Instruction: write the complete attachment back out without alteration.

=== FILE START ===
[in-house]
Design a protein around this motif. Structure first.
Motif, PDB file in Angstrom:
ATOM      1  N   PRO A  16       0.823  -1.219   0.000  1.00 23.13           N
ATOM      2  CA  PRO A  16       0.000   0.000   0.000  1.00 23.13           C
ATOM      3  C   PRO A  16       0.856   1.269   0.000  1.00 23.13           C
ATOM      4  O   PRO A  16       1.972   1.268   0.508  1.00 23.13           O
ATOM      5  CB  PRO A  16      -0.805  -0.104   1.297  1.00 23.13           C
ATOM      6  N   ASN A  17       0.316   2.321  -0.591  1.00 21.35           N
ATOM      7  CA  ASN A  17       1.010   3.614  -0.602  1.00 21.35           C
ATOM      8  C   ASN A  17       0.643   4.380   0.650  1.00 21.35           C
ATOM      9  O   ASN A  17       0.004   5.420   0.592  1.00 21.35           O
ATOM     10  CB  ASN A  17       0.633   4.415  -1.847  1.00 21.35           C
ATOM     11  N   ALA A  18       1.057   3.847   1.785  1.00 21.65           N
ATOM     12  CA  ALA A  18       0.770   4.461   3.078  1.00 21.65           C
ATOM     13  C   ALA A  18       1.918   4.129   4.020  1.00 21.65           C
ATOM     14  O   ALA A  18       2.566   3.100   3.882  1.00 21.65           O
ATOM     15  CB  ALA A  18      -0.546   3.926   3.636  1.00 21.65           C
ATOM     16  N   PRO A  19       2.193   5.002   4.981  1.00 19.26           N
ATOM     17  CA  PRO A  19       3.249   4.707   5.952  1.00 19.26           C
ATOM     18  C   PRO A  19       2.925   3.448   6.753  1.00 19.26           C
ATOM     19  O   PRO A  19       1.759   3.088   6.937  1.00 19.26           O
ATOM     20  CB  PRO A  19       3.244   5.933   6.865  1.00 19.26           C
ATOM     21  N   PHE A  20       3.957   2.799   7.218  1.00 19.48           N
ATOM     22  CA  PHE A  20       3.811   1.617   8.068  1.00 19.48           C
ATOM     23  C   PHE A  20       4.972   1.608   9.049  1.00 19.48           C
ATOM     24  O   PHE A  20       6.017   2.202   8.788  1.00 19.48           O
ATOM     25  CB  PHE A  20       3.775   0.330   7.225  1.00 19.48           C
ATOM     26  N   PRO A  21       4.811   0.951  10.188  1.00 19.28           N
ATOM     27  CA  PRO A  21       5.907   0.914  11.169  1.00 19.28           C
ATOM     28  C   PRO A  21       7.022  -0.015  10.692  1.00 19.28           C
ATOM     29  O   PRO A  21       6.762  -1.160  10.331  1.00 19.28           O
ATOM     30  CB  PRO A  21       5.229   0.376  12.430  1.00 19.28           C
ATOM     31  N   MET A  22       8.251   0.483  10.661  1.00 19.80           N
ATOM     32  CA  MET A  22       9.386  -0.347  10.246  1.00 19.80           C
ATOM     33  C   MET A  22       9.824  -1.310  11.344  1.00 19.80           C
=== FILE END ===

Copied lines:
[in-house]
Design a protein around this motif. Structure first.
Motif, PDB file in Angstrom:
ATOM      1  N   PRO A  16       0.823  -1.219   0.000  1.00 23.13           N
ATOM      2  CA  PRO A  16       0.000   0.000   0.000  1.00 23.13           C
ATOM      3  C   PRO A  16       0.856   1.269   0.000  1.00 23.13           C
ATOM      4  O   PRO A  16       1.972   1.268   0.508  1.00 23.13           O
ATOM      5  CB  PRO A  16      -0.805  -0.104   1.297  1.00 23.13           C
ATOM      6  N   ASN A  17       0.316   2.321  -0.591  1.00 21.35           N
ATOM      7  CA  ASN A  17       1.010   3.614  -0.602  1.00 21.35           C
ATOM      8  C   ASN A  17       0.643   4.380   0.650  1.00 21.35           C
ATOM      9  O   ASN A  17       0.004   5.420   0.592  1.00 21.35           O
ATOM     10  CB  ASN A  17       0.633   4.415  -1.847  1.00 21.35           C
ATOM     11  N   ALA A  18       1.057   3.847   1.785  1.00 21.65           N
ATOM     12  CA  ALA A  18       0.770   4.461   3.078  1.00 21.65           C
ATOM     13  C   ALA A  18       1.918   4.129   4.020  1.00 21.65           C
ATOM     14  O   ALA A  18       2.566   3.100   3.882  1.00 21.65           O
ATOM     15  CB  ALA A  18      -0.546   3.926   3.636  1.00 21.65           C
ATOM     16  N   PRO A  19       2.193   5.002   4.981  1.00 19.26           N
ATOM     17  CA  PRO A  19       3.249   4.707   5.952  1.00 19.26           C
ATOM     18  C   PRO A  19       2.925   3.448   6.753  1.00 19.26           C
ATOM     19  O   PRO A  19       1.759   3.088   6.937  1.00 19.26           O
ATOM     20  CB  PRO A  19       3.244   5.933   6.865  1.00 19.26           C
ATOM     21  N   PHE A  20       3.957   2.799   7.218  1.00 19.48           N
ATOM     22  CA  PHE A  20       3.811   1.617   8.068  1.00 19.48           C
ATOM     23  C   PHE A  20       4.972   1.608   9.049  1.00 19.48           C
ATOM     24  O   PHE A  20       6.017   2.202   8.788  1.00 19.48           O
ATOM     25  CB  PHE A  20       3.775   0.330   7.225  1.00 19.48           C
ATOM     26  N   PRO A  21       4.811   0.951  10.188  1.00 19.28           N
ATOM     27  CA  PRO A  21       5.907   0.914  11.169  1.00 19.28           C
ATOM     28  C   PRO A  21       7.022  -0.015  10.692  1.00 19.28           C
ATOM     29  O   PRO A  21       6.762  -1.160  10.331  1.00 19.28           O
ATOM     30  CB  PRO A  21       5.229   0.376  12.430  1.00 19.28           C
ATOM     31  N   MET A  22       8.251   0.483  10.661  1.00 19.80           N
ATOM     32  CA  MET A  22       9.386  -0.347  10.246  1.00 19.80           C
ATOM     33  C   MET A  22       9.824  -1.310  11.344  1.00 19.80           C